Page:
I’m not a novelist. I can write, and with sufficient editing, I can even write passable English text, but it’s not really something that I’ve put a lot of effort into, and so not something that I’m good at. My real time investment in writing has been writing software, which is read only by compilers and interpreters, and so what it lacks in excitement, narrative, and plausible dialog, it makes up for in conciseness and precision.
My ideas for National Novel Writing Month (November, for those as don’t know) then, are coding a program that writes novels, and coding a program that takes novels as inputs and generates interactive fiction (text adventure games) from them. Both of these are problems with infinite hair, and are arguably AI-Hard problems (that is, problems whose solution is on par, difficulty-wise, with creating a human-level general-purpose AI). On the other hand, writing a good novel is probably also quite hard.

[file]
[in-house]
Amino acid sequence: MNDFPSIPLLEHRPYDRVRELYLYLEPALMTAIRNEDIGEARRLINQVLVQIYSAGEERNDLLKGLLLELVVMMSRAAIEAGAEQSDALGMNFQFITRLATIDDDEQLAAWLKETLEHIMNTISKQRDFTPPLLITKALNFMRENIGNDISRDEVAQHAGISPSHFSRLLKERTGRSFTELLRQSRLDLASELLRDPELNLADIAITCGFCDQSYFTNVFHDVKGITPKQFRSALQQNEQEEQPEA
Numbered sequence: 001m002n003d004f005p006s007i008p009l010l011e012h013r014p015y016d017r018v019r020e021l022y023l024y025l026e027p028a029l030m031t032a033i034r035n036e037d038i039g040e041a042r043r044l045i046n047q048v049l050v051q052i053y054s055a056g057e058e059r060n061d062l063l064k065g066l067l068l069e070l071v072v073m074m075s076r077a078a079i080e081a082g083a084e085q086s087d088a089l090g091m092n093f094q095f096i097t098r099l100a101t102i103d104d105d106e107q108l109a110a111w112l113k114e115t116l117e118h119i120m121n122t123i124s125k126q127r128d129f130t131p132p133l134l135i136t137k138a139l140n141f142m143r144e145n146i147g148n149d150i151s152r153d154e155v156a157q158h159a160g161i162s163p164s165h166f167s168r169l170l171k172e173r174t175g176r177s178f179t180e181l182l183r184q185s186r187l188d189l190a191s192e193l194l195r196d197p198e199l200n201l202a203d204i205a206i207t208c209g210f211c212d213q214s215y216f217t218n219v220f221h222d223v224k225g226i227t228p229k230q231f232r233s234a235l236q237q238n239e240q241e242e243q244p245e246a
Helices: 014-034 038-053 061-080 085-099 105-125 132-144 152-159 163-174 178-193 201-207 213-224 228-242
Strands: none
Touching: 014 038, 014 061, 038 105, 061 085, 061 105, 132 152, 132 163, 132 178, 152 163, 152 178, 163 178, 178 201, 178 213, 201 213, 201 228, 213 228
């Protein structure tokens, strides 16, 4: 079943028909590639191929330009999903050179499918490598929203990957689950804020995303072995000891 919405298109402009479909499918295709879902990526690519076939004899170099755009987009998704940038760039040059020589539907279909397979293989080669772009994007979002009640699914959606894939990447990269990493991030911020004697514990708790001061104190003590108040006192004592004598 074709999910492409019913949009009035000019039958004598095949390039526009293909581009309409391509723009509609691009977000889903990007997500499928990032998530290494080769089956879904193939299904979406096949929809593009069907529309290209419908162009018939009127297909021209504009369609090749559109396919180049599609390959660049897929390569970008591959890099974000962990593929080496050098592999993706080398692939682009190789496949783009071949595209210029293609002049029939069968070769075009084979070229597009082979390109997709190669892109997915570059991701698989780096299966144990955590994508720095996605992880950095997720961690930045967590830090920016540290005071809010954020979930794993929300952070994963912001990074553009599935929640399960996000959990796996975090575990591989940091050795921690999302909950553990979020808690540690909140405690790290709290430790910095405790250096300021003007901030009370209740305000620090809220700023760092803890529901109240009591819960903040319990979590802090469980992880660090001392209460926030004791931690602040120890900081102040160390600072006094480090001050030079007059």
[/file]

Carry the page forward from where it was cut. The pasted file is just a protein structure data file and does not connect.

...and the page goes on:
I think the most reasonable approach for the novel generator would be a recursively-defined novel description language, which selects from tropes and plot stubs, generates characters, and so forth, based on relatively simple rules. The complexity would come from applying the rules over and over, so a simple quest to throw a ring into a volcano grows branches on branches on branches until it is One Damn Thing After Another Until All The Orcs Are Dead. The goal of the program would be to use generative content and emergent behavior to do most of the writing, and leave me to fill out the turns of phrase and details (or generate them a la Dwarf Fortress, which menaces with spikes of ivory). Done badly, this would read like a Mad Lib. Done well, it would read like a Mad Lib filled out by people who don’t say “dongs” every time they are asked for a noun.